While billion-dollar clean energy deals and ambitious climate funds took centre stage at the Cop28 climate conference in the UAE, several regional and global companies also took the opportunity to announce initiatives aimed at boosting sustainability and lowering their carbon footprint.
At Cop28, the UAE pledged to establish a $30 billion climate-focused fund, while the World Bank, the largest multilateral development bank, committed to raising its climate finance target to $40 billion by 2025, allocating 50 per cent to mitigation and the remainder to adaptation.
Here is a round-up of the announcements made by some of the major companies on the sidelines of the UN summit:
Global payments company MasterCard said that 80 per cent of its cards in the UAE market issued from 2025 would be sustainable, ahead of the company’s global target of 2028.
The UAE's technology conglomerate e& announced the launch of the Sustainability Consultancy Programme in the UAE and Saudi Arabia.
The company will provide a free sustainability consultancy, leading to a greenhouse gas assessment of their businesses, to the first eight organisations who wish to be part of the programme and meet the qualification criteria.
To further extend the programme’s impact, other 15 companies will be selected and offered preferential rates.
The company also announced a partnership with World Wide Generation, a British sustainability FinTech company, to launch the “world's largest” global sustainability exchange platform.
Red Sea Global
Saudi Arabia's Red Sea Global, the developer of mega-tourism projects on the kingdom's west coast, announced a “coral commitment”, vowing to protect and regenerate corals in the Red Sea and other regions.
The Emirates Nuclear Energy Corporation signed an initial agreement with X-energy, a US-based developer of small modular nuclear reactors, to partner on the advancement of nuclear energy technologies.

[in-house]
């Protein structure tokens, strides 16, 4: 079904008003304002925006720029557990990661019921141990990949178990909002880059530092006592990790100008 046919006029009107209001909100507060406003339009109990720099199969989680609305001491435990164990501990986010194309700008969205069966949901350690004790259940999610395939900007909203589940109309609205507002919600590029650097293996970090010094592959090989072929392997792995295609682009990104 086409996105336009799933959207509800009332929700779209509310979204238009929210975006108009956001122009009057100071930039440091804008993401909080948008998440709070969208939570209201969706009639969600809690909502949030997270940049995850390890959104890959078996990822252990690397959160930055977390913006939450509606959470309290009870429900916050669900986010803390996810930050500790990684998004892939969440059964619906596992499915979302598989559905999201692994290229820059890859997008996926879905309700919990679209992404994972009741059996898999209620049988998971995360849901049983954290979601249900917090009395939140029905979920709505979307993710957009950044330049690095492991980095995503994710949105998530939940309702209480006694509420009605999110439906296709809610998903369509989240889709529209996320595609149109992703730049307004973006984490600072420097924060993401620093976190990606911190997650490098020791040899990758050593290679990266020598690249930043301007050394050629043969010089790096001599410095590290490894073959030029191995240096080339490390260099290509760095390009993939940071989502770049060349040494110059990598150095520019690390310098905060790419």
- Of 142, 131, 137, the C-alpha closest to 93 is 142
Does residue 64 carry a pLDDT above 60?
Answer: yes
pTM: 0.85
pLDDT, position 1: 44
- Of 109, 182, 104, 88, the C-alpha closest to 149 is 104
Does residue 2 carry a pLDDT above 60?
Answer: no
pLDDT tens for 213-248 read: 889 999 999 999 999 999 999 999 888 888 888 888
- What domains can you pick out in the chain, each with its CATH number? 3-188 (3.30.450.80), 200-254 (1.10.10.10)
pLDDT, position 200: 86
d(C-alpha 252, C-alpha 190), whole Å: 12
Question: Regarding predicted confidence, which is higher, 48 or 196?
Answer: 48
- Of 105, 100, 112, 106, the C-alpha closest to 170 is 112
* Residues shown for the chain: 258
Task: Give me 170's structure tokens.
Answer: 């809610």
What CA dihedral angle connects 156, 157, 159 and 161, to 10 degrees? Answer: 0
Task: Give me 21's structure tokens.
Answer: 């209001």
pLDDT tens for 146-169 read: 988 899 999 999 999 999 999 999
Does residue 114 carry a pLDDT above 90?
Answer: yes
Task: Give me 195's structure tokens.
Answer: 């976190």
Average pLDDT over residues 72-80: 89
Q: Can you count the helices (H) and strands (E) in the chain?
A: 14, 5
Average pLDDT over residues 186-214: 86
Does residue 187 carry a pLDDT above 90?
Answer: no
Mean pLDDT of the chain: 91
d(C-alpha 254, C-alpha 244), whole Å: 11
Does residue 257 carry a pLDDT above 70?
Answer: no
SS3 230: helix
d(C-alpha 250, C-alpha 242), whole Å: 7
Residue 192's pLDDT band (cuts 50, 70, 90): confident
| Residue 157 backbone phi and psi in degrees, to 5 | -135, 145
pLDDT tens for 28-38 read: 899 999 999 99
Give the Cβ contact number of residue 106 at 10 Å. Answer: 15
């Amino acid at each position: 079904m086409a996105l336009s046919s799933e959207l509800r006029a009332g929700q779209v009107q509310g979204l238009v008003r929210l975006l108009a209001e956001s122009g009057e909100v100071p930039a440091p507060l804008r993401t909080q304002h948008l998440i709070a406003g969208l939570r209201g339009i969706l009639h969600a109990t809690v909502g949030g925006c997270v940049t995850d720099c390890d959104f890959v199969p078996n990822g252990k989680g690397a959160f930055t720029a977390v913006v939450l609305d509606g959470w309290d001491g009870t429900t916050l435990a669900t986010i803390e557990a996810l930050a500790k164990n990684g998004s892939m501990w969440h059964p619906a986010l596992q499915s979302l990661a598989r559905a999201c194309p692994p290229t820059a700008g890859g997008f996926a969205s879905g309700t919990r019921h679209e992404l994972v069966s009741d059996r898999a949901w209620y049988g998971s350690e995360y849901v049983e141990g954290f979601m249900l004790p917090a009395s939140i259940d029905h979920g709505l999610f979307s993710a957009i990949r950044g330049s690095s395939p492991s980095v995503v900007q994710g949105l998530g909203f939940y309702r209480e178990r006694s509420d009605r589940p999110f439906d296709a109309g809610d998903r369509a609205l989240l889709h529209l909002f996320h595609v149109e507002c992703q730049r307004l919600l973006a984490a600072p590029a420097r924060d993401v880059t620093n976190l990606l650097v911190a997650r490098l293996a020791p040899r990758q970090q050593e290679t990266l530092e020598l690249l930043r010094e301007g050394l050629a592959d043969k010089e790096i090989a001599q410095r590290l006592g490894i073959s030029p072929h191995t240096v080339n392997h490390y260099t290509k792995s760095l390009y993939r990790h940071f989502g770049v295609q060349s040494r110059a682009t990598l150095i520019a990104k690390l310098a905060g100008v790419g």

The company also signed preliminary deals with nuclear energy companies Moltex FLEX and Ultrasafe Nuclear Corporation to advance the development of small modular reactor technologies.
Enec teamed up with Terrestrial Energy, a nuclear plant developer, to “expedite and centralise” the UAE’s approach to using nuclear technology.
Abu Dhabi Waste Management Company, also known as Tadweer, announced the launch of an Integrated Textile Circularity Initiative across the UAE to increase consumer awareness and foster collective efforts among public-private partners throughout the entire value chain.
Sharjah-based environmental management company Beeah Group, Peec Mobility and the Sharjah Research, Technology and Innovation Park launched a partnership to advance the electrification of major vehicle fleets in the emirate.
The National Central Cooling Company, better known as Tabreed, closed its inaugural Dh600 million ($163.3 million) green revolving credit facility in partnership with First Abu Dhabi Bank as the green co-ordinator, alongside Abu Dhabi Commercial Bank and Emirates NBD.
The financing agreement, which spans five years, is designed to introduce “highly efficient” cooling solutions into the GCC market.
Emirates NBD, Dubai's biggest lender by assets, arranged a bilateral loan for Chalhoub Group, making the UAE-based luxury retailer’s first sustainability-linked loan.
The short-term loan facility has a tenure of one year with the option of being rolled over at maturity.
First Abu Dhabi Bank
First Abu Dhabi Bank, the UAE’s largest lender by assets, launched its first ESG-orientated fund for its private banking clients.
The fund, managed by FAB Private Bank, aims to capture long-term investment opportunities that address the world’s major social and environmental challenges, as defined by the UN Sustainable Development Goals.
Emirates National Oil Company and Japan’s heavy-industry manufacturer IHI Corporation announced the start of a feasibility study for a green ammonia production project.